Spreading light over quantum computers
Scientists at Linköping University have shown how a quantum computer really works and have managed to simulate quantum computer properties in a classical computer. “Our results should be highly significant in determining how to build quantum computers,” says Professor Jan-Åke Larsson.
The dream of superfast and powerful quantum computers has again been brought into focus, and large resources have been invested in research in Sweden, Europe and the world. A Swedish quantum computer is to be built within ten years, and the EU has designated quantum technology one of its flagship projects.
At the moment, few useful algorithms are available for quantum computers, but it is expected that the technology will be hugely significant in simulations of biological, chemical and physical systems that are far too complicated for even the most powerful computers currently available. A bit in a computer can take only the value one or zero, but a quantum bit can take all values in between. Simply put, this means that quantum computers do not need to take as many operations for each calculation they carry out.
Professor Jan-Åke Larsson and his doctoral student Niklas Johansson, in the Division for Information Coding at the Department of Electrical Engineering, Linköping University, have come to grips with what happens in a quantum computer and why it is more powerful than a classical computer. Their results have been published in the scientific journal Entropy.
“We have shown that the major difference is that quantum computers have two degrees of freedom for each bit. By simulating an additional degree of freedom in a classical computer, we can run some of the algorithms at the same speed as they would achieve in a quantum computer,” says Jan-Åke Larsson.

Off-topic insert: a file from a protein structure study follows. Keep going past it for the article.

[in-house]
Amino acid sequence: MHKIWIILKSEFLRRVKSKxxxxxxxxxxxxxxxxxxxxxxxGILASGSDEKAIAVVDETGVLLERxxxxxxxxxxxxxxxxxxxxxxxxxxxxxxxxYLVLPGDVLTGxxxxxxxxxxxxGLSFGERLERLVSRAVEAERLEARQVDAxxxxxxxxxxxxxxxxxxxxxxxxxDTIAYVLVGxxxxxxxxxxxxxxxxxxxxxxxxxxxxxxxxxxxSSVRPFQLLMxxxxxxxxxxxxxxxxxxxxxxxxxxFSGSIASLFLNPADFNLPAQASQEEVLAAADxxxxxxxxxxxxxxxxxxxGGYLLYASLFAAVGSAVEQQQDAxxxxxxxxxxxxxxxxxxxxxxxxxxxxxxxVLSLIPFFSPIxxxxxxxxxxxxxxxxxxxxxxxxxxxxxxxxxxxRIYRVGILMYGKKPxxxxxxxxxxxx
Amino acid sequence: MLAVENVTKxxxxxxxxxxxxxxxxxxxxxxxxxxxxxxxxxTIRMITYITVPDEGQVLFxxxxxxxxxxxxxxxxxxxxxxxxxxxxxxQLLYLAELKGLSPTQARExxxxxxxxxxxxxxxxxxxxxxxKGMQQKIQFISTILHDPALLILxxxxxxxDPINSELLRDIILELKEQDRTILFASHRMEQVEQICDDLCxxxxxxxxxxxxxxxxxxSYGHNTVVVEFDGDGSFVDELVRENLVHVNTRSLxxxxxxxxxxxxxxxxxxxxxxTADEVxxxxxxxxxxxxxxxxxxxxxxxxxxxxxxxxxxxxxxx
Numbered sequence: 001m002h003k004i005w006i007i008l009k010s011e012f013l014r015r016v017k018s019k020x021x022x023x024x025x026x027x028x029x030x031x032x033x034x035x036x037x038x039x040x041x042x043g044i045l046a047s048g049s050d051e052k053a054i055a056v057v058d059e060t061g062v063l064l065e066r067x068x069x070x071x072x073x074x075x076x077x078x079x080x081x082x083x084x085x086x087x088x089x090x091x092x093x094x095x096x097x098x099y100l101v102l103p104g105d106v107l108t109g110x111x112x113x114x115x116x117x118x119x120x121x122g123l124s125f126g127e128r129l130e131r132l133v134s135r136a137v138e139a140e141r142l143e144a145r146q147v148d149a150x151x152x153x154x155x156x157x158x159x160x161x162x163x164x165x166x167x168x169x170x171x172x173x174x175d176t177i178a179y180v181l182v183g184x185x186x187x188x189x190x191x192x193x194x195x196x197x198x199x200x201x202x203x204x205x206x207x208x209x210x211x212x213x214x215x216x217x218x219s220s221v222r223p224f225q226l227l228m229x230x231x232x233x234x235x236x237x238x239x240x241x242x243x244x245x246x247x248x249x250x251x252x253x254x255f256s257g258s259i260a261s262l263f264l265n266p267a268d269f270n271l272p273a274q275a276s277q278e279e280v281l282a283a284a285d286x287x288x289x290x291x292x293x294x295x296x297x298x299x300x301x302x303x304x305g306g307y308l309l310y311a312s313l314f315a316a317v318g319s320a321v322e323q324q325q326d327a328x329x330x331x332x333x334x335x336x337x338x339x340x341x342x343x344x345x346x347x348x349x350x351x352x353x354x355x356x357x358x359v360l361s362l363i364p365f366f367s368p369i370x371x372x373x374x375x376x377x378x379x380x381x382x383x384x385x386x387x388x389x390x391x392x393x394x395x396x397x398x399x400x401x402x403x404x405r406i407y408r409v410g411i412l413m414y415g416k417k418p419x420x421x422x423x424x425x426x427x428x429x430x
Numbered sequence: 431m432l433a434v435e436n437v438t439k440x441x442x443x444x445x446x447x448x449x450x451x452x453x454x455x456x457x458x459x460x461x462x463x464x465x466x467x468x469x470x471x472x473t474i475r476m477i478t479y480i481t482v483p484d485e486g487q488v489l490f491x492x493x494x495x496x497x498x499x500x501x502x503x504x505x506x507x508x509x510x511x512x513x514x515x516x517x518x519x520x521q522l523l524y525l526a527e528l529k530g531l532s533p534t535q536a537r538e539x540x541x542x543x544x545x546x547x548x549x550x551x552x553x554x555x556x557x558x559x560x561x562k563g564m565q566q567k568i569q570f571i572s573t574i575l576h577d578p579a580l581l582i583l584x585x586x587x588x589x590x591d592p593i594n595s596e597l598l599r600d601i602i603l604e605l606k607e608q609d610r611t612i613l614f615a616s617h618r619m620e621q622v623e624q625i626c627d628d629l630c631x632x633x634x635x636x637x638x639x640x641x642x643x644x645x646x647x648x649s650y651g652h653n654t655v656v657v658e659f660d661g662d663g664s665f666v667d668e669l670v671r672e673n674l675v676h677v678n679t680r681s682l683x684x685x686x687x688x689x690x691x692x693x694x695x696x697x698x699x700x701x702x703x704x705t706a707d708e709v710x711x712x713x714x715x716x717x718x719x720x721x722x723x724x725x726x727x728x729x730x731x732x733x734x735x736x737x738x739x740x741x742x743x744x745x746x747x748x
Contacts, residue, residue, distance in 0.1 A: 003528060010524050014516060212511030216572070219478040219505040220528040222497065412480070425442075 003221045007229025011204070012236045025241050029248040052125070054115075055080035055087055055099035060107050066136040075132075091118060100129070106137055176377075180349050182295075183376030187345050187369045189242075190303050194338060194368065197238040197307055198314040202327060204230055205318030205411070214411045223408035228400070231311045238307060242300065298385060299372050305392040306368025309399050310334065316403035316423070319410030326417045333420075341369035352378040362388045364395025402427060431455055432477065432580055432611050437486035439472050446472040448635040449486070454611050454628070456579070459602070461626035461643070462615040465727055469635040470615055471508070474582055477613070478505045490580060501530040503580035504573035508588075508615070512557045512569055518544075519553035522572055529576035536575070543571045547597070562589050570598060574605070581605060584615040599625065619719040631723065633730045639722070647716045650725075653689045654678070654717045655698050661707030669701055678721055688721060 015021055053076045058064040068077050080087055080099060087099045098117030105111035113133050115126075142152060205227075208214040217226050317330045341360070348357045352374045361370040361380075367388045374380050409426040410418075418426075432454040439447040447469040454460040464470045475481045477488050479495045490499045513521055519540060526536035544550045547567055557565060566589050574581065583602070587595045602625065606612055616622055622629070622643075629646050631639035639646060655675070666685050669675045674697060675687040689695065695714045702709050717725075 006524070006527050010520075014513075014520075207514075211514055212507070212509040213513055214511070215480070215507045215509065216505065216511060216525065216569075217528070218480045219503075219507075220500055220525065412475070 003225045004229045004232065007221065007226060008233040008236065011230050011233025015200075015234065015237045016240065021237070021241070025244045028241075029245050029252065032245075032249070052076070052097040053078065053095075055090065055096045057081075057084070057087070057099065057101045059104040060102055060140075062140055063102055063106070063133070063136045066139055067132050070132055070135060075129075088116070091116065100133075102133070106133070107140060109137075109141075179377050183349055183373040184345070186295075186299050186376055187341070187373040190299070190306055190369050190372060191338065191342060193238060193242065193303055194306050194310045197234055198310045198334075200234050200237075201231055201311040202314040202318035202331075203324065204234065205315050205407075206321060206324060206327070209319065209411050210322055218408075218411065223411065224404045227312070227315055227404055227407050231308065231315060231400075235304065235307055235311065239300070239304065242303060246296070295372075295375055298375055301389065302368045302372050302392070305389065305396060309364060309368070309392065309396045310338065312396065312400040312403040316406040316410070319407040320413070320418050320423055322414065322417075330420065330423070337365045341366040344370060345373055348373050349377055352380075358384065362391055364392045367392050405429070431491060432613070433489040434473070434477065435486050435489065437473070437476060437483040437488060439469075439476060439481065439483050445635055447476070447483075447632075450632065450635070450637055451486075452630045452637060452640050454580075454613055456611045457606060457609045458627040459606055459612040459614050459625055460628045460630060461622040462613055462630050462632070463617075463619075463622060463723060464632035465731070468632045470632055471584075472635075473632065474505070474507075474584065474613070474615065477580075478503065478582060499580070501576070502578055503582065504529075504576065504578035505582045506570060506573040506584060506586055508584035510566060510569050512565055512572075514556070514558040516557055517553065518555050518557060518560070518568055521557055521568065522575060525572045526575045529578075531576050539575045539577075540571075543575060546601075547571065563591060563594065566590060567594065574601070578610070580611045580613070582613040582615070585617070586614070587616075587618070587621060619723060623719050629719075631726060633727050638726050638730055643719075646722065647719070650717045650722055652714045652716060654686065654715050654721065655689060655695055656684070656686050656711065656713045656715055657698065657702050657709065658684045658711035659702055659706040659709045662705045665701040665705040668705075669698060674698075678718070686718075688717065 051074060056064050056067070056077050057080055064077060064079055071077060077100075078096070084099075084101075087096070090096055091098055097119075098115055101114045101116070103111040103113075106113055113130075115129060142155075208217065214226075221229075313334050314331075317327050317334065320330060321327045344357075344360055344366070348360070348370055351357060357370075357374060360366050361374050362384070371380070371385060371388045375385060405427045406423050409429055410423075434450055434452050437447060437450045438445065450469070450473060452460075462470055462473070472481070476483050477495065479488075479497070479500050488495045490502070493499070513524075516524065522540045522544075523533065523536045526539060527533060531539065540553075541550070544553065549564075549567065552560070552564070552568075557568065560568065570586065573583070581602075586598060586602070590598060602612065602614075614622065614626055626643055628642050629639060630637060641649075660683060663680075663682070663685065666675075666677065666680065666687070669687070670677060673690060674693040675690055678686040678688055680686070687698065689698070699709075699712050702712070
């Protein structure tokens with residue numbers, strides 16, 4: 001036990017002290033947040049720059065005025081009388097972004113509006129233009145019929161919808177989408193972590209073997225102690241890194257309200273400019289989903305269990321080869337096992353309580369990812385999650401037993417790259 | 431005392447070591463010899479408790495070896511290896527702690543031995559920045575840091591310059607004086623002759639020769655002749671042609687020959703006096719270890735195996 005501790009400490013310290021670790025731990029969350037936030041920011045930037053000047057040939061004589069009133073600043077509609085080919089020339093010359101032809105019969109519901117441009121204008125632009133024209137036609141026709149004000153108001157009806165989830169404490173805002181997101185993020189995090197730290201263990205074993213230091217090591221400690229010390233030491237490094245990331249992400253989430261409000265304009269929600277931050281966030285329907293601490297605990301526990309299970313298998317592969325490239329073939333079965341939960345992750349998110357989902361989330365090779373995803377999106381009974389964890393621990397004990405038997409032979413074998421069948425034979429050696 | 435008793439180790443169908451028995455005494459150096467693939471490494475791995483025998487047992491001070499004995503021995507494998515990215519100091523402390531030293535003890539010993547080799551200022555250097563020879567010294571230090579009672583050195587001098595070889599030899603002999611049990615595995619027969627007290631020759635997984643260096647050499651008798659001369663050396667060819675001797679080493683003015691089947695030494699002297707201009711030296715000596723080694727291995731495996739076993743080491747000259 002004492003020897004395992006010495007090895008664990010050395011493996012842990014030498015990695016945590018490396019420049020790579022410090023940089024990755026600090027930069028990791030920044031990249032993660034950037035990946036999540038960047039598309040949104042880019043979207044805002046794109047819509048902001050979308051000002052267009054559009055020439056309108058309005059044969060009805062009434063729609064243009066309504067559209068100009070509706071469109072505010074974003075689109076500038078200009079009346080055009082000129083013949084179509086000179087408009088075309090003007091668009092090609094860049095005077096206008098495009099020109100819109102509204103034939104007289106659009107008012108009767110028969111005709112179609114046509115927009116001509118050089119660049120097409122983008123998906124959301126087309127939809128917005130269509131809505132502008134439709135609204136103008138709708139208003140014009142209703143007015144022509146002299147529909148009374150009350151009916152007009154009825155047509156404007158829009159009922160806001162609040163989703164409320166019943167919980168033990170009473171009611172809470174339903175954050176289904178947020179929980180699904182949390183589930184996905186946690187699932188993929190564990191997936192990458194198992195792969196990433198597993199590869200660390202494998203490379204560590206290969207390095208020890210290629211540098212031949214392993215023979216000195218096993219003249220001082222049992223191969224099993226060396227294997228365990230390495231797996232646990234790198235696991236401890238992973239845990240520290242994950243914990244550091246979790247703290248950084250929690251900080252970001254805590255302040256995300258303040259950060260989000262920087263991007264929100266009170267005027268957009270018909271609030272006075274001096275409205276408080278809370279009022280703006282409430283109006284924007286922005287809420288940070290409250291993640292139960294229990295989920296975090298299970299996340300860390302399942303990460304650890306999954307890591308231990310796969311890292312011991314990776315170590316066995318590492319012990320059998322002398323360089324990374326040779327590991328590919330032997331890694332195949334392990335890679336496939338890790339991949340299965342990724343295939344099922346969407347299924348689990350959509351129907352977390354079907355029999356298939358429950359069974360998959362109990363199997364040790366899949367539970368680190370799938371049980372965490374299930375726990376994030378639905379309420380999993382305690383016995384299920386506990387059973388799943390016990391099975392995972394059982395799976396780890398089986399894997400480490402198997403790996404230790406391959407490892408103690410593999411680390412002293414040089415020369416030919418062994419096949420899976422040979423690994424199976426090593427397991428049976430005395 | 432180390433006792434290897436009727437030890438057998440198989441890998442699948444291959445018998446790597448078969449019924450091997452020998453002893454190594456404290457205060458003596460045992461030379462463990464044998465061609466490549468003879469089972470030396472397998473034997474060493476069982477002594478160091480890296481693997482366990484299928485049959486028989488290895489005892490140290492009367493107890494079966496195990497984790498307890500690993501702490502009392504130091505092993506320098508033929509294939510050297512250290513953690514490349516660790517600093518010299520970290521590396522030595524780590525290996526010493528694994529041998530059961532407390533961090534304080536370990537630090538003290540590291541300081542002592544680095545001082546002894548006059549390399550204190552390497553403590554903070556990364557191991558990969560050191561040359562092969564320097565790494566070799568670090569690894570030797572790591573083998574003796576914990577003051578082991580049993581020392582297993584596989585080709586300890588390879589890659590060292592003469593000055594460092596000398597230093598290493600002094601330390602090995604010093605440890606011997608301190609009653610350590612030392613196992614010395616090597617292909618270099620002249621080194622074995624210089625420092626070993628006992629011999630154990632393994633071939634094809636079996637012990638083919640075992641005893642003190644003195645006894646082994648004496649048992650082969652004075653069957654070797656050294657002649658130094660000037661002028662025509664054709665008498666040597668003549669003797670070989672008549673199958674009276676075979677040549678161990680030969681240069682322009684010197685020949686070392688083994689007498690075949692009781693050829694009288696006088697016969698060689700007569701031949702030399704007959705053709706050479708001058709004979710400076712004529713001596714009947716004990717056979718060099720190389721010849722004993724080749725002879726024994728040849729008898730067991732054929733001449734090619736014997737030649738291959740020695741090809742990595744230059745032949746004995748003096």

They have constructed a simulation tool, Quantum Simulation Logic, QSL, that enables them to simulate the operation of a quantum computer in a classical computer. The simulation tool contains one, and only one, property that a quantum computer has that a classical computer does not: one extra degree of freedom for each bit that is part of the calculation.
“Thus, each bit has two degrees of freedom: it can be compared with a mechanical system in which each part has two degrees of freedom — position and speed. In this case, we deal with computation bits — which carry information about the result of the function, and phase bits — which carry information about the structure of the function,” Jan-Åke Larsson explains.
They have used the simulation tool to study some of the quantum algorithms that manage the structure of the function. Several of the algorithms run as fast in the simulation as they would in a quantum computer.
“The result shows that the higher speed in quantum computers comes from their ability to store, process and retrieve information in one additional information-carrying degree of freedom. This enables us to better understand how quantum computers work. Also, this knowledge should make it easier to build quantum computers, since we know which property is most important for the quantum computer to work as expected,” says Jan-Åke Larsson.
Jan-Åke Larsson and his co-workers have also supplemented their theoretical simulations with a physical version built with electronic components. The gates are similar to those used in quantum computers, and the toolkit simulates how a quantum computer works. With its help students, for example, can simulate and understand how quantum cryptography and quantum teleportation works, and also some of the most common quantum computing algorithms, such as Shor’s algorithm for factorisation. (The algorithm works in the current version of the simulation but is equally fast — or slow — as in classical computers).
Materials provided by Linköping University. Note: Content may be edited for style and length.